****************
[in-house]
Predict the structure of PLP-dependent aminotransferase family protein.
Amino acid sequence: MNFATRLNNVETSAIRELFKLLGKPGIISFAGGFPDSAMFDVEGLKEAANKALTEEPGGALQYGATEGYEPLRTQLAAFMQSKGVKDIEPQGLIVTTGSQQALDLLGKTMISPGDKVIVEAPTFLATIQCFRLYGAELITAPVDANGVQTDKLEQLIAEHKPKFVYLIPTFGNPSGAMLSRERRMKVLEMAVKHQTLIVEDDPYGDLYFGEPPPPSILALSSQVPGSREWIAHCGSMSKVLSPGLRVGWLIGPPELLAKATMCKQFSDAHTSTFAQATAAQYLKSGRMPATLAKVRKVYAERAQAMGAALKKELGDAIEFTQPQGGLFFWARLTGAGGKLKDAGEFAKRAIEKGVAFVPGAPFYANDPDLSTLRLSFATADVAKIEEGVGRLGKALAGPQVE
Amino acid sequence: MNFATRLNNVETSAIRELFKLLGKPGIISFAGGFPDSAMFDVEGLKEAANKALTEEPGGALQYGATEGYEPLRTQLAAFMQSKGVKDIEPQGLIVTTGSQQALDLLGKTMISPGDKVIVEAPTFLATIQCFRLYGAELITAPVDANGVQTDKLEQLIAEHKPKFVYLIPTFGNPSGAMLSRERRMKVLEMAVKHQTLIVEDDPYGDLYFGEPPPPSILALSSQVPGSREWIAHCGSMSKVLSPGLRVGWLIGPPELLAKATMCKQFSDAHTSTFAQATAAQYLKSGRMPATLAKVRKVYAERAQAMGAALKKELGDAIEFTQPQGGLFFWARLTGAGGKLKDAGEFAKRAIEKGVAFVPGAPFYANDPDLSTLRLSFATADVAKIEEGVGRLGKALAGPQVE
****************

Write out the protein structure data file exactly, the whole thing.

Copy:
[in-house]
Predict the structure of PLP-dependent aminotransferase family protein.
Amino acid sequence: MNFATRLNNVETSAIRELFKLLGKPGIISFAGGFPDSAMFDVEGLKEAANKALTEEPGGALQYGATEGYEPLRTQLAAFMQSKGVKDIEPQGLIVTTGSQQALDLLGKTMISPGDKVIVEAPTFLATIQCFRLYGAELITAPVDANGVQTDKLEQLIAEHKPKFVYLIPTFGNPSGAMLSRERRMKVLEMAVKHQTLIVEDDPYGDLYFGEPPPPSILALSSQVPGSREWIAHCGSMSKVLSPGLRVGWLIGPPELLAKATMCKQFSDAHTSTFAQATAAQYLKSGRMPATLAKVRKVYAERAQAMGAALKKELGDAIEFTQPQGGLFFWARLTGAGGKLKDAGEFAKRAIEKGVAFVPGAPFYANDPDLSTLRLSFATADVAKIEEGVGRLGKALAGPQVE
Amino acid sequence: MNFATRLNNVETSAIRELFKLLGKPGIISFAGGFPDSAMFDVEGLKEAANKALTEEPGGALQYGATEGYEPLRTQLAAFMQSKGVKDIEPQGLIVTTGSQQALDLLGKTMISPGDKVIVEAPTFLATIQCFRLYGAELITAPVDANGVQTDKLEQLIAEHKPKFVYLIPTFGNPSGAMLSRERRMKVLEMAVKHQTLIVEDDPYGDLYFGEPPPPSILALSSQVPGSREWIAHCGSMSKVLSPGLRVGWLIGPPELLAKATMCKQFSDAHTSTFAQATAAQYLKSGRMPATLAKVRKVYAERAQAMGAALKKELGDAIEFTQPQGGLFFWARLTGAGGKLKDAGEFAKRAIEKGVAFVPGAPFYANDPDLSTLRLSFATADVAKIEEGVGRLGKALAGPQVE